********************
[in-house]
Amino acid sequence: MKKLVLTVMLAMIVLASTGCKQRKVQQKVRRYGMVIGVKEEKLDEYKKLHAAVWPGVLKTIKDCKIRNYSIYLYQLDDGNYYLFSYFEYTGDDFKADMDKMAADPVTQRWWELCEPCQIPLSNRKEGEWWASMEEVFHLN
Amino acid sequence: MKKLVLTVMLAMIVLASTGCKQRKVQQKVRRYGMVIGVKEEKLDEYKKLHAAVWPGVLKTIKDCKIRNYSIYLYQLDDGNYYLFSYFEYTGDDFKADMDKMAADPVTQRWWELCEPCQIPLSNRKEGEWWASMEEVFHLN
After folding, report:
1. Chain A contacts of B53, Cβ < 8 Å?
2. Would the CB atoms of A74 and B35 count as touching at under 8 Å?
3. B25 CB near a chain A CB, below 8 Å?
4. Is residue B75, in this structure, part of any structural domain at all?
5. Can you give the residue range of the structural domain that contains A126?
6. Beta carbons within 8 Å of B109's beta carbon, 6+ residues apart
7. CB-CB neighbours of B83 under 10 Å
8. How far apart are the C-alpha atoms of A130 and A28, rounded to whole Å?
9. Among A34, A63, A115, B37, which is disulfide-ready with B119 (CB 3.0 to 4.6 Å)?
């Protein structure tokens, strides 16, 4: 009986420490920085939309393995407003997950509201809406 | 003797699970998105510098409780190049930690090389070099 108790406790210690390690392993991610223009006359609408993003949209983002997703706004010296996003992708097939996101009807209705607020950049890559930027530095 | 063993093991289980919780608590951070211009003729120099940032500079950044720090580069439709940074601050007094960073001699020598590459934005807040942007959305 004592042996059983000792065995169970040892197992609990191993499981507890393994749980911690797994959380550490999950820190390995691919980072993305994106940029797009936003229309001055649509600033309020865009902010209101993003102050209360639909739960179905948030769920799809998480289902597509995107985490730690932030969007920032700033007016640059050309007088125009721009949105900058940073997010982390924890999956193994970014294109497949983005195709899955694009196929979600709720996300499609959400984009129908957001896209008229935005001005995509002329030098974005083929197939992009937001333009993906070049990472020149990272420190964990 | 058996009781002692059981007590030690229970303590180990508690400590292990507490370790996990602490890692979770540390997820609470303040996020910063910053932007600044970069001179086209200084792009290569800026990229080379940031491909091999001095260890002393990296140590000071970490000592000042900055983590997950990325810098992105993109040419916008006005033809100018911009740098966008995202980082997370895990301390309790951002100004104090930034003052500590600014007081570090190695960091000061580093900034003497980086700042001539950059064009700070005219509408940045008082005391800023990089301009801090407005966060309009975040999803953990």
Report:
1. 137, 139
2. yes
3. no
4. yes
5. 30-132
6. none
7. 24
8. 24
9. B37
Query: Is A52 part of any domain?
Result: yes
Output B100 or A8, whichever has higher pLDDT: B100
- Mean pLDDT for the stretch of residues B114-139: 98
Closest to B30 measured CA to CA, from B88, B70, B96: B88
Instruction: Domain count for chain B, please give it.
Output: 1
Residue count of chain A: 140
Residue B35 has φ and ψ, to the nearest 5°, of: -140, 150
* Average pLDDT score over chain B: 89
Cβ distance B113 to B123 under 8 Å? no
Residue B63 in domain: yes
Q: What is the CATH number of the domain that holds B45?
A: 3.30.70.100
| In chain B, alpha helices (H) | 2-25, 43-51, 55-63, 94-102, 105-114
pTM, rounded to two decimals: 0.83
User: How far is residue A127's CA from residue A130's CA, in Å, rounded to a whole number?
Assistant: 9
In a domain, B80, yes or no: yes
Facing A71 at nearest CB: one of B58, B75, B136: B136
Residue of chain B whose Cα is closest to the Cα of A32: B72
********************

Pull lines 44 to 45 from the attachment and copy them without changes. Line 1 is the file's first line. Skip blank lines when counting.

Facing A71 at nearest CB: one of B58, B75, B136: B136
Residue of chain B whose Cα is closest to the Cα of A32: B72